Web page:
If you think that we at CVC are a little bit nutty, you’re right! In 1979, we partnered with the Society of Ontario Nut Growers to plant a nut-tree grove at the Island Lake Conservation Area. The project tested the ability of non-native nut trees to grow successfully in colder climates. While walnut, chestnut and hazelnut trees are familiar to Ontarians, several other species – such as the heartnut and northern pecan – are not native to Ontario. These species have been able to grow (and even thrive!) at Island Lake.

This nut grove has survived many hot summers and freezing winters. It includes black walnut, American and hybrid chestnuts, butternut, shagbark and shellbark hickories, hazelnut, filbert, heartnut and northern pecan. Sadly, the Persian walnuts did not survive Ontario’s winters, and many hazelnuts and filberts have succumbed to the eastern filbert blight.

If you’re wondering, black walnuts are indeed edible, though they require proper preparation. While sweet chestnuts are delicious, nuts from one of the most common varieties in Ontario, the horse chestnut, are no good for us non-squirrels to eat. Thankfully, the bur (husk) of the horse chestnut usually has blunted spikes, while the spikes on sweet chestnuts are usually sharp and spiky, so you can tell them apart. If you’re unsure, ask an expert or simply buy some from your local farmers’ market.

Black Walnut Leaves and Nuts. Photo credit: wikipedia
Black Walnut Leaves and Nuts. Photo credit: wikipedia

While the heartnut is native to Japan and the northern pecan is native to the mid-western United States, neither of these species is considered invasive in Ontario. While invasive species damage native ecosystems and spread quickly without intervention, non-native species get along fine with native ones. Most non-native species usually only reproduce with help from humans.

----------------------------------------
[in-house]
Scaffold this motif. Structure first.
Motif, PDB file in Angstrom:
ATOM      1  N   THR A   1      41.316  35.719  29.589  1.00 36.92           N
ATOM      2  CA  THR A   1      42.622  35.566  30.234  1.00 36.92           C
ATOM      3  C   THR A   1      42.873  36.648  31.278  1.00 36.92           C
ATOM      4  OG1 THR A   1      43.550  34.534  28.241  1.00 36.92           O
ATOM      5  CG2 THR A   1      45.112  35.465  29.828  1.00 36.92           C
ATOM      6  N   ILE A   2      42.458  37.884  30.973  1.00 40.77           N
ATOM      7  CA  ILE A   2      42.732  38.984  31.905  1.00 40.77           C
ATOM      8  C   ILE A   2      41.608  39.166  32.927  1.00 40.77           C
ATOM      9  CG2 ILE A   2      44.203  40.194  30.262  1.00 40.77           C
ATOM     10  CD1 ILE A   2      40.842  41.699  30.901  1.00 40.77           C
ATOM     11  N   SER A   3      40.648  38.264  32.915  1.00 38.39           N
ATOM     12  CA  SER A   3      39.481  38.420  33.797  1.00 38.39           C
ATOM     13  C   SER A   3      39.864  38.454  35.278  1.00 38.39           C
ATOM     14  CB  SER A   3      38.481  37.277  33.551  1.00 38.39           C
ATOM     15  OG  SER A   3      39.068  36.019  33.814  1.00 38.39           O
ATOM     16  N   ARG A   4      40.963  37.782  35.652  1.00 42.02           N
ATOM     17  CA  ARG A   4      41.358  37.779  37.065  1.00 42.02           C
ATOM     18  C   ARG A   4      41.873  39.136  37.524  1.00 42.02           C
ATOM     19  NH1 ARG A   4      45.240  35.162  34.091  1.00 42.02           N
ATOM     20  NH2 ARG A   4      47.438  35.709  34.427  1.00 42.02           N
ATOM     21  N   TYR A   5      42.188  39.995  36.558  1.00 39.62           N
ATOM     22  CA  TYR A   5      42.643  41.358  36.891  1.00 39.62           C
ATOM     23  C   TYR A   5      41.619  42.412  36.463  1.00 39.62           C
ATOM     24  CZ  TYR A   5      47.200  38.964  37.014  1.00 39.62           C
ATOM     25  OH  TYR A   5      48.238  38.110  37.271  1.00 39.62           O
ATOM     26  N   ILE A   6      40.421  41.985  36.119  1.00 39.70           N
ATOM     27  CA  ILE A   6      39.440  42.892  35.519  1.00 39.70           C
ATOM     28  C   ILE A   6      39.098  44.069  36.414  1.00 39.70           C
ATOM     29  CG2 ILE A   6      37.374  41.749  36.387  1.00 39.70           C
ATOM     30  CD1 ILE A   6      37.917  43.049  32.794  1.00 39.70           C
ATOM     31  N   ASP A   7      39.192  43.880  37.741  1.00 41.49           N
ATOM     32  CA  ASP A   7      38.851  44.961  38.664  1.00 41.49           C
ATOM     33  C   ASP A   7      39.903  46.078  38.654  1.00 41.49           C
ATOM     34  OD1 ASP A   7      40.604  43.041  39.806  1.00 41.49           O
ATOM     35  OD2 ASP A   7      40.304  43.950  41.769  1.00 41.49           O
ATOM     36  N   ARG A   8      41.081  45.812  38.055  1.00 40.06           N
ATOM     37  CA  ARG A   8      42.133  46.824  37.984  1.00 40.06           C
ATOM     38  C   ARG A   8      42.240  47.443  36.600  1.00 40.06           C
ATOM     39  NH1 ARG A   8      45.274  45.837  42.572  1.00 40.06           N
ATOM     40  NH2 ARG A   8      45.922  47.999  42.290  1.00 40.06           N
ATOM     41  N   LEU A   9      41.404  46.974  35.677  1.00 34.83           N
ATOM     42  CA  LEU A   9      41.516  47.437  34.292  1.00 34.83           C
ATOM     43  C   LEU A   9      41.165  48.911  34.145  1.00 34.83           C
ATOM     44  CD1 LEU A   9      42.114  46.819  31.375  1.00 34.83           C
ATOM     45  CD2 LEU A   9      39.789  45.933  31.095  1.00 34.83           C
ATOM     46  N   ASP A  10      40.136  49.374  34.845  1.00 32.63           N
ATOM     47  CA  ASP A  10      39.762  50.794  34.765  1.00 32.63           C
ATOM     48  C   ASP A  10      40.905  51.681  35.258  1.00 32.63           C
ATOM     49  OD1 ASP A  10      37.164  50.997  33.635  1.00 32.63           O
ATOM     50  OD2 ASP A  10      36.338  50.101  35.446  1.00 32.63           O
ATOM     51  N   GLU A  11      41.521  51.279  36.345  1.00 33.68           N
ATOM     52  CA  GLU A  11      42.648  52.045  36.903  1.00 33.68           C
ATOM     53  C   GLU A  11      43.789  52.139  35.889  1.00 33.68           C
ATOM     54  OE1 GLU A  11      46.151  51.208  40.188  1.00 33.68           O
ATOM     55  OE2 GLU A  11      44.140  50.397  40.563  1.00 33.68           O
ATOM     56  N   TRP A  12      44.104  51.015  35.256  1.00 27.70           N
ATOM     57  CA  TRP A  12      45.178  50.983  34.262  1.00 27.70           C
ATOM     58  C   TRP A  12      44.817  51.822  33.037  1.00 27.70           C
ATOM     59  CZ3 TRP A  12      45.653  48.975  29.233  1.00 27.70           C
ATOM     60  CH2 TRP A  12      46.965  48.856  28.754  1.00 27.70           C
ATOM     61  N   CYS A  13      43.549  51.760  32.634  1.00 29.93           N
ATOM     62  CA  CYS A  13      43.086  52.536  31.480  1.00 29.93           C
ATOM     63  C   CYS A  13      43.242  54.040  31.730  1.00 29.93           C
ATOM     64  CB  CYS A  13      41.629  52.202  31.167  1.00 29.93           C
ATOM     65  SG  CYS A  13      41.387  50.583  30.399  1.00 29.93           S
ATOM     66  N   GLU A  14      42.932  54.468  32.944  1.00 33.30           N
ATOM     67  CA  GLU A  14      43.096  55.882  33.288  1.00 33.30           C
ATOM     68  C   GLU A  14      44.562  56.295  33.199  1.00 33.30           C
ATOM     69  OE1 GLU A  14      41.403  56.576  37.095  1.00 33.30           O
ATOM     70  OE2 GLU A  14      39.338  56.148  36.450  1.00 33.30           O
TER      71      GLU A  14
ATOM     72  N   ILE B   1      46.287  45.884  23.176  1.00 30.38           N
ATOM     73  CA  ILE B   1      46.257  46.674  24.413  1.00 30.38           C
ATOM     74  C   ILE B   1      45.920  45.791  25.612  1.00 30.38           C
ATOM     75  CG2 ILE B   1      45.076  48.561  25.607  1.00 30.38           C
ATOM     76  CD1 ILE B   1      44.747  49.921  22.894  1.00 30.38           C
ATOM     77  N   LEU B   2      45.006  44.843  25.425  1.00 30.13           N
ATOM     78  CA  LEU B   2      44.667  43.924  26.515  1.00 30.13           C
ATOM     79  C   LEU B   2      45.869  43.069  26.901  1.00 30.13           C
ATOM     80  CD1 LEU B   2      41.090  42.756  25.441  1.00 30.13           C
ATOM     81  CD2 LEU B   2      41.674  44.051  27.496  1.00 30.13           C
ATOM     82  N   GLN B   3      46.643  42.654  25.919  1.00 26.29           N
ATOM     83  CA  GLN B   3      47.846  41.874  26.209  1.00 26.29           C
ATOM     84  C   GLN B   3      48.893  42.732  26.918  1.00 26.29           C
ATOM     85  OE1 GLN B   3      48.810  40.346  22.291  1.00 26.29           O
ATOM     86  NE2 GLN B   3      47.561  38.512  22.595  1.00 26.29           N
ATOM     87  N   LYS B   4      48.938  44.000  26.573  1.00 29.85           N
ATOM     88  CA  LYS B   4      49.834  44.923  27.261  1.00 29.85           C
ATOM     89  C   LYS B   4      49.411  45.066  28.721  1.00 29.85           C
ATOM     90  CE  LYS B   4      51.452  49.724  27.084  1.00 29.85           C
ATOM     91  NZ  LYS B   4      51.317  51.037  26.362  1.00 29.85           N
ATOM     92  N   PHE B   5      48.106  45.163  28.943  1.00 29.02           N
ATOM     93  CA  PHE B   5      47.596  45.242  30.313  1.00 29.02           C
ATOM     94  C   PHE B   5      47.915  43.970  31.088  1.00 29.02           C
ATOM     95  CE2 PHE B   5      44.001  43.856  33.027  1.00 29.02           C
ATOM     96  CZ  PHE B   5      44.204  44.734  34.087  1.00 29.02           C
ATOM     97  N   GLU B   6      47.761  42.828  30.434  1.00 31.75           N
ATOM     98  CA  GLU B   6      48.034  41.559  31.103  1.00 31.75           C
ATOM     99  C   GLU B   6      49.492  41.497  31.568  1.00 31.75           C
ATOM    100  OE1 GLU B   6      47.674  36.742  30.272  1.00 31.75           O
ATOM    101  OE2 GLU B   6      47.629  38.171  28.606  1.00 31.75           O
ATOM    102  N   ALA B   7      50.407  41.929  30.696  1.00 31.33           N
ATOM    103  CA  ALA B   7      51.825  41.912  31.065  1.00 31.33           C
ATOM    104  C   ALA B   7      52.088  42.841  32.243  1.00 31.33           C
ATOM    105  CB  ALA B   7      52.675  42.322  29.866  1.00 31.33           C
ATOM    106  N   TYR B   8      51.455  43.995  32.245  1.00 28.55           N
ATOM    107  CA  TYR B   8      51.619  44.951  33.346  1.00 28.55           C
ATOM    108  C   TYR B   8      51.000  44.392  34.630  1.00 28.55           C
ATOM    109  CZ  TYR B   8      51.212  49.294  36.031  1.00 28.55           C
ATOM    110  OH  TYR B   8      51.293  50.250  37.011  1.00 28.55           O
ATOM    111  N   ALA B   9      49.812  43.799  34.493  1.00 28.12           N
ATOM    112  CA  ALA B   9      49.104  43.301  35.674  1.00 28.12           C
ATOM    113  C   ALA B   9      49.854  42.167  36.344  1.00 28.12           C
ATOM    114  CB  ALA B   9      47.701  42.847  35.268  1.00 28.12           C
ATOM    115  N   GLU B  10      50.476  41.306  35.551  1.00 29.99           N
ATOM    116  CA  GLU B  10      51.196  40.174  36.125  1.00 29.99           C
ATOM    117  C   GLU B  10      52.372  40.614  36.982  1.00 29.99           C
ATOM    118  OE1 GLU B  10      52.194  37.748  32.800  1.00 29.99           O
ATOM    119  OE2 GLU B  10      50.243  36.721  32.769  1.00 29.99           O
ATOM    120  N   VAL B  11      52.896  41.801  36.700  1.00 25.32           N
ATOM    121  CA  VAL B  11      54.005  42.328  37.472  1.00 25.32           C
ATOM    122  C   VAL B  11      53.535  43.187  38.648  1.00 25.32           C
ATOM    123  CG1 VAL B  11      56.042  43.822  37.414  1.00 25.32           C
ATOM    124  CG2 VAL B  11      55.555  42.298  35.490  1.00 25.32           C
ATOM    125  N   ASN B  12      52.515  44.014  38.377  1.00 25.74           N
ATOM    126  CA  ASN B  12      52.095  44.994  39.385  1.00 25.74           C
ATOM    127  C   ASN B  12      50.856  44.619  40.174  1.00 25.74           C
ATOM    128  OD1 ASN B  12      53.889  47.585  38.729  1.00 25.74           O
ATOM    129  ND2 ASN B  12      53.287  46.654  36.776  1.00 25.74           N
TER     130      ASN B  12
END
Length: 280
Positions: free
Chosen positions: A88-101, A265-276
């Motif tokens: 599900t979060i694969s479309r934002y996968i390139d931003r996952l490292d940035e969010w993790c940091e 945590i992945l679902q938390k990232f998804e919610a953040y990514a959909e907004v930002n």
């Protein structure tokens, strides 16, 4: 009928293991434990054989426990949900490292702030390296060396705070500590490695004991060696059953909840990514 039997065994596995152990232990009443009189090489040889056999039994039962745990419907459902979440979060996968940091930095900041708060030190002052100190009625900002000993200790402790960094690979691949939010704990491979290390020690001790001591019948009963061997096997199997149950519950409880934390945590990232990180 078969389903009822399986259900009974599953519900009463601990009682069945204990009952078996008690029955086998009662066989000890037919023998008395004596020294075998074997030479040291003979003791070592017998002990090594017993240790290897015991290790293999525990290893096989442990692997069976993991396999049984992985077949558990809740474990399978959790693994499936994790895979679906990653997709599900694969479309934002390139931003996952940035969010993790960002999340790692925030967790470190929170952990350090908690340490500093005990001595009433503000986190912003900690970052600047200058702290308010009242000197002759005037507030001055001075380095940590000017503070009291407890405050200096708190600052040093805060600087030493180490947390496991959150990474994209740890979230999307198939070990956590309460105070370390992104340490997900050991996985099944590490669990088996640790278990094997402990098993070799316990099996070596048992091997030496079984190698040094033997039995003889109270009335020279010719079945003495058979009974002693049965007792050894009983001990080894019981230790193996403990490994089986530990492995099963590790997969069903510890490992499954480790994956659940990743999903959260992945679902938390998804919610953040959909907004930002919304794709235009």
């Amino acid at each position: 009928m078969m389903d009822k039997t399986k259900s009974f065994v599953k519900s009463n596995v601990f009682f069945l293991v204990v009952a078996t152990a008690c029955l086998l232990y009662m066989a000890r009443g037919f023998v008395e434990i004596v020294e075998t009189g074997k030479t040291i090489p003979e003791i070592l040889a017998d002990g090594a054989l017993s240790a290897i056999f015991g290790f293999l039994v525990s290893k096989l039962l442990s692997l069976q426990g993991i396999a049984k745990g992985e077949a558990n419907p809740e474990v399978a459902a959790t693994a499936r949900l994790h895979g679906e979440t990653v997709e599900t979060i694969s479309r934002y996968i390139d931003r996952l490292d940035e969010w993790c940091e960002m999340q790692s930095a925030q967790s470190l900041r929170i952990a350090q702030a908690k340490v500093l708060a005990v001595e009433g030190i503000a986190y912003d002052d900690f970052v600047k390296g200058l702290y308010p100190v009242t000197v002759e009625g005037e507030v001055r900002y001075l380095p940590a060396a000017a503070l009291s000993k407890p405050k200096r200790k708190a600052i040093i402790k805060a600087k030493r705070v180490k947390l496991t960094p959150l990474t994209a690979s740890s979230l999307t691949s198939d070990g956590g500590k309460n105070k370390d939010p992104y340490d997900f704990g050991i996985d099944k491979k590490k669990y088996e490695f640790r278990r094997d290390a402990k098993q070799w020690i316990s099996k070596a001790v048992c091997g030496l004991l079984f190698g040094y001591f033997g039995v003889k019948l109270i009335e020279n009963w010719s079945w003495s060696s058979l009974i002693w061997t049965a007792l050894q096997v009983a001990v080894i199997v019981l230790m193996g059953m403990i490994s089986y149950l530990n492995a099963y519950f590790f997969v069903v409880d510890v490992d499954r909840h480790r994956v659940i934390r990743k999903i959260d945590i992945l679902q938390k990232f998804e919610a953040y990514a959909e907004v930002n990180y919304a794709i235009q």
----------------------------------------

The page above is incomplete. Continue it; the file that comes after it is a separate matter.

Visit Island Lake Conservation Area to see the grove for yourself.

And please do not harvest the nuts in the Conservation Area – some squirrels have already claimed them.

Comments (3)

  1. I am looking for a smallish tree to grow in my back yard, in an area of about 35′ by 40′. It is low, wet and contains clay. Is there a tree that would do well there? I know willows like the wet, but I’m afraid that it might be too big. I just cleared out a lot of buckthorns, and want to replant the area. Are there any nut trees that would fit the bill?

    1. Hey Pauline. A good tree for a wet area in the back yard would be a White Cedar. It will get big if you let it, but these trees can be pruned back to whatever size you like. it is also nice in our climate to have a bit of green in the backyard through the winter.

  2. I enjoyed my visit to Island lake, and always wondered about trees that looked like nuts. Thanks for the information and its good to know. The purpose of my visit was to complete my tour of 150 parks to celebrate Canada’s 150th Birthday and raise funds for Alzheimers society. Please visit my fundraising page at memorymakersforalzheimers.ca.
    Thank you
    Mridula Srivastava

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